I was able to convince some of the other "kids" (as we were called) to sleep with me on stretches of sand, which was lovely. I saw a few satellites and shooting stars. Even the light rain felt nice on my face, as it was so hot (I regretted having brought fleece pants to sleep in).

Meals were AMAZING. We would pull into a nice beach, stock up on sunscreen and water, and play games like football and bocci ball until the appetizers were ready (fruit and crackers). Then we'd eat those until lunch was ready. I felt kind of guilty just letting the guides do all the work, so I at least pitched in with passing equipment out of boats and doing the dishes. Each meal was something amazing. Cory even ground up orange peels for the French toast. The steak was good except for the sand that got blown into my A1 sauce. The crunch added some personality to the meal as we huddled in tents until things had calmed down. We saw hieroglyphs, tried rowing the dories, talked about how awesome it would be to be a river guide and travel the rest of the year. We joked about the view of what the guides called "the unit" and I called "the loo."

Five of us stayed for the last two days. That's when things got cold. When Karen and I got out of the kayak at lunch time, Leah said I was looking purple and handed me a jacket. Eve handed me some splash pants. They asked if I had some shoes besides flip flops. Every one of us bundled up and endured the rest of the day, wishing for sun.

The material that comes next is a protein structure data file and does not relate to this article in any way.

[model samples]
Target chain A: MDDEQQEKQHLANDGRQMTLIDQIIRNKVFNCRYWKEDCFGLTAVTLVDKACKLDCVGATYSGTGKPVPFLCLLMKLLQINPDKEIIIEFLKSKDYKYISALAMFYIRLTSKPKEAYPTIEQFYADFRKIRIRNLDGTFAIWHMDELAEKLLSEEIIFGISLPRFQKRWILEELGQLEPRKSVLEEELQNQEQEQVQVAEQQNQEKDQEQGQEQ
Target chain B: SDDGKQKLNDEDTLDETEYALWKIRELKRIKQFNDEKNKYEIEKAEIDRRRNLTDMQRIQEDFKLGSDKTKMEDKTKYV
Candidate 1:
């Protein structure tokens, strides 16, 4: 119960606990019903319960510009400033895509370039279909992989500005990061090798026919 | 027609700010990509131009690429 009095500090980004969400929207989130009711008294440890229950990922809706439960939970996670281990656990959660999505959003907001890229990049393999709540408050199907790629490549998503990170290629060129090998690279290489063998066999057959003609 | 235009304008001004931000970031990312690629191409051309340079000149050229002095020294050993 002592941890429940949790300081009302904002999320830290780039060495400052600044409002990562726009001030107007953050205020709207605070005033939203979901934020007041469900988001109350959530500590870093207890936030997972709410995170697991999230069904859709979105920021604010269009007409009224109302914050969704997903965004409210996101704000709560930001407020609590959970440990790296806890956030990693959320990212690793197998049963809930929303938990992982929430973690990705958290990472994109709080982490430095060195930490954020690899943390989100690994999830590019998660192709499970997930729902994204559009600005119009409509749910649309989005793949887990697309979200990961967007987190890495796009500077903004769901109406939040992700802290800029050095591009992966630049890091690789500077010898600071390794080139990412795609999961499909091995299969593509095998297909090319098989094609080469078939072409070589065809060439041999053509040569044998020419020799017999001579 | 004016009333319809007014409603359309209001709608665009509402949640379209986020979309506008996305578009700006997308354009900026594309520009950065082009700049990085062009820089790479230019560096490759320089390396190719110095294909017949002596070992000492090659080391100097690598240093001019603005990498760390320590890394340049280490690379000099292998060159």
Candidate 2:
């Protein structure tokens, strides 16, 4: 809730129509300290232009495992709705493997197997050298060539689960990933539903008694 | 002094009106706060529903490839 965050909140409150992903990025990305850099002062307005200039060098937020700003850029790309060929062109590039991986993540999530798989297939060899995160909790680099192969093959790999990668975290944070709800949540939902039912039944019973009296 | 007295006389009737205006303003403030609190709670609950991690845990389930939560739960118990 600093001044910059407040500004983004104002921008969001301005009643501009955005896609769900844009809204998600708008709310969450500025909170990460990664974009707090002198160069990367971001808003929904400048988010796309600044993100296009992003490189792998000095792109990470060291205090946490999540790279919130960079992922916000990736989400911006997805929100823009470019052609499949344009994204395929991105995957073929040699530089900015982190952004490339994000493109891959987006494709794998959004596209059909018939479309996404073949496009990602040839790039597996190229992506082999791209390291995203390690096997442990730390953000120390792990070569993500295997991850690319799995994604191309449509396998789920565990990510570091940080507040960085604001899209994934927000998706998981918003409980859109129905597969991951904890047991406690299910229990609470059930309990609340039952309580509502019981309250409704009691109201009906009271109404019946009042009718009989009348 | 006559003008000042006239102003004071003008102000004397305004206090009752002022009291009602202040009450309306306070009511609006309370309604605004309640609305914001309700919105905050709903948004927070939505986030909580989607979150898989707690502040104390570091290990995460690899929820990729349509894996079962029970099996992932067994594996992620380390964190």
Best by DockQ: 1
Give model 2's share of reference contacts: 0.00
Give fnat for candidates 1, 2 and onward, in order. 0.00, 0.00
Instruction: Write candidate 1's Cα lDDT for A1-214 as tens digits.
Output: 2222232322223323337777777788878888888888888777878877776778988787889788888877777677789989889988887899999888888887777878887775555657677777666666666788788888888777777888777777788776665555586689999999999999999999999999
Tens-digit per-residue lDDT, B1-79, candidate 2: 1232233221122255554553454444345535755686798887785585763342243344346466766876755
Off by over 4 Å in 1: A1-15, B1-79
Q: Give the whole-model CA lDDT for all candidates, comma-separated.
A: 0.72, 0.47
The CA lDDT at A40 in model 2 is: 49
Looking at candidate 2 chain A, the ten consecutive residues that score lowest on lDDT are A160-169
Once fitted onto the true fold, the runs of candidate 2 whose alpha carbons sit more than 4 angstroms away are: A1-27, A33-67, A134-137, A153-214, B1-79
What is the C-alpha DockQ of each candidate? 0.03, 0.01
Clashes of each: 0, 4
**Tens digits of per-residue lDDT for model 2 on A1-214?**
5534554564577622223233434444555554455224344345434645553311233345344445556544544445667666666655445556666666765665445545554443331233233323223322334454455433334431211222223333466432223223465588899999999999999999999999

The next day, we woke to overcast weather that was beautiful anyway. We saw big horn sheep, lots of deer, and canyon wren(s?). At lunchtime we discovered that Cory (a guide) had a wonderful method of throwing bocci balls, but Matthew and I started to make a comeback when we threw the white ball into bushes where people could only guess which way to throw them. We still lost and went to eat our sandwiches.

It was sad to say goodbye to everyone after spending so much time together in such a beautiful place open to lots of thinking. We hugged the guides goodbye as we turned to get in the shuttle van taking us back to Lewiston when Leah suddenly turned around and started running. Cory followed her, throwing off his shirt and swimming towards a raft that had somehow gotten loose and was taking off down the river. The other guides started running and they yelled goodbye as they ran. What an exciting way to end.

I felt bad having Grandma Janice get another hotel room for me, and I knew I could make it to Boise that night, so I took off, only stopping to take pictures of funny small-town buildings (like libraries in mobile homes) and go to the Nez Perce museum. Unfortunately, my directions didn't anticipate me stopping in Boise again, so I thought doing the previous directions backwards would work. It didn't. I ended up going in the wrong direction for thirty minutes before I figured it out and turned around. Fabiola wasn't there when I arrived, so I showered, got into my skirt and a shade (the only clean clothing I had), and went to sleep. I slept through her getting home, so we only got to talk for a few minutes in the morning.

I took off and drove and drove and drove, lucky to find a fast car to follow. I got home around two PM, visited the workplaces of two friends, and felt exhausted. :) That's the story.